Stillwater eyes changes to ALC program

  • Article by: LIBOR JANY , Star Tribune
  • Updated: April 5, 2014 - 7:27 PM

Stillwater school board has approved plan for District 916 to take over operation of the St. Croix Valley Area Learning Center.

Faced with budget problems, the Stillwater Area School District is looking into turning over operation of its alternative learning center to Northeast Intermediate School District, which runs similar programs in three metro counties.

The Stillwater school board on March 24 considered, but did not act on, a proposal that called for handing over the keys to the St. Croix Valley Area Learning Center to District 916, a consortium of 11 school districts in the northeast suburbs, said District 834 spokeswoman Carissa Keister. The Stillwater school district will continue to explore solutions as it works to cut $250,000 from the alternative learning center’s budget, Keister said.

An agreement is expected by month’s end, officials said.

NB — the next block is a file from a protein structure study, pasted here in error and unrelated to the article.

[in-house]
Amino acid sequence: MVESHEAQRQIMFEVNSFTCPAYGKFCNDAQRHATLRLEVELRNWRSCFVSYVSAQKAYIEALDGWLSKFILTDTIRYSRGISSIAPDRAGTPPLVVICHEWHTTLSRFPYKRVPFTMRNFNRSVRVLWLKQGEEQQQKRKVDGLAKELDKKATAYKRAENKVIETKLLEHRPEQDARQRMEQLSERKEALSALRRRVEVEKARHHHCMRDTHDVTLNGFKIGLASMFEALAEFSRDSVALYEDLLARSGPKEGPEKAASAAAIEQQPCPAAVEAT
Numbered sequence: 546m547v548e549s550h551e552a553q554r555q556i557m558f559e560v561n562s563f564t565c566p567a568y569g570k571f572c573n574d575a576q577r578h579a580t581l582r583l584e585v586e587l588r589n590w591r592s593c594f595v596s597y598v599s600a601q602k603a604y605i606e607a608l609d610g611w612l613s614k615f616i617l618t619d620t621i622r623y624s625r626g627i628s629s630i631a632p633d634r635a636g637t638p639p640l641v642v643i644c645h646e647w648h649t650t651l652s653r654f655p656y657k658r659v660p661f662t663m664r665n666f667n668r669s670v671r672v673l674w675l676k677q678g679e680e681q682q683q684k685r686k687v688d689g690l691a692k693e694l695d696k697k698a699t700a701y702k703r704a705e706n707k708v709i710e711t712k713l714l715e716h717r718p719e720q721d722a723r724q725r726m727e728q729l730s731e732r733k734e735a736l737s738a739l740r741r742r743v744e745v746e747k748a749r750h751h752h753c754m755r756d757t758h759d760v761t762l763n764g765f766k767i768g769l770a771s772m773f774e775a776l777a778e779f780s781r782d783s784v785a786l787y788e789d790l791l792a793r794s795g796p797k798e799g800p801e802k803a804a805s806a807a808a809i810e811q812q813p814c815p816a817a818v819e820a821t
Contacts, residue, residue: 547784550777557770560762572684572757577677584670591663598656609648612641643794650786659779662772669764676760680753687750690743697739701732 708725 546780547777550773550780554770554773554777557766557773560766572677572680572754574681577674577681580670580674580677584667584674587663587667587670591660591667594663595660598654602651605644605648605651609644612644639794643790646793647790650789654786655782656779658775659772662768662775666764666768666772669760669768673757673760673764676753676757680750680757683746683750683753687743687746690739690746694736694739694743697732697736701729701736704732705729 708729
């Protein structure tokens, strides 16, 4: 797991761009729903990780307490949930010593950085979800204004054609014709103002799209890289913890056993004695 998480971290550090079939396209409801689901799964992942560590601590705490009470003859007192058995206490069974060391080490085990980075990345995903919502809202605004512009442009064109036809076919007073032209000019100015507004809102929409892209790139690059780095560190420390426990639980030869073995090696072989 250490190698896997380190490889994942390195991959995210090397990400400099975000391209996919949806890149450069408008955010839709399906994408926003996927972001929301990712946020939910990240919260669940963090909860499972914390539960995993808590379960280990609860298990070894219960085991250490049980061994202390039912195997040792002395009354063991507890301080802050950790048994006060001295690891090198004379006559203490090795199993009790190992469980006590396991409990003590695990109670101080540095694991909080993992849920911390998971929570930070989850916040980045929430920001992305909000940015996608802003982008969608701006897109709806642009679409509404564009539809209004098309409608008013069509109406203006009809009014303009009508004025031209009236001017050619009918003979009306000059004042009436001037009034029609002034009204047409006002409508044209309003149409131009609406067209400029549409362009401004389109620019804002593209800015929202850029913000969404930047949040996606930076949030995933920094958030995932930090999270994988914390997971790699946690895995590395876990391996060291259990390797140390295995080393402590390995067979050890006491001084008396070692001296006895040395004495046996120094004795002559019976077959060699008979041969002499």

Ryan Laager, executive director of curriculum and secondary education for District 834, said officials are “looking for greater efficiencies” in running the alternative learning program. Laager noted that a District 916 takeover wouldn’t necessarily mean laying off staff members or relocating the center for “at-risk students” from its current home, across the street from Stillwater Area High School.

Stillwater officials said the proposed plan, whose details are still being determined, is just one of several difficult decisions the district is considering this year to close a roughly $4 million budget gap, brought on by dwindling enrollment.

District 916 balked at an earlier proposal floated by Stillwater school officials, which called for the intermediate district to run “the program in its entirety,” said district Superintendent Connie Hayes.

“Our suggestion would be to provide a one- to two-year leadership role in their program, make some adjustments in the staffing model, and develop a model that would generate more revenue for the ALC program,” Hayes wrote in an e-mail to the Star Tribune. “This model has proved successful in the ALC programs that we run and operate, both financially and for student success.”

District spokeswoman Karin Gjengdahl said officials from both sides would continue working out the fine points of the plan, which would take effect in the 2014-15 school year.

The intermediate district currently operates three alternative learning programs: East View Academy in Little Canada, 916 Mahtomedi Academy in White Bear Lake and Metro Heights Academy in Fridley.

Libor Jany • 651-925-5033 • Twitter:@StribJany

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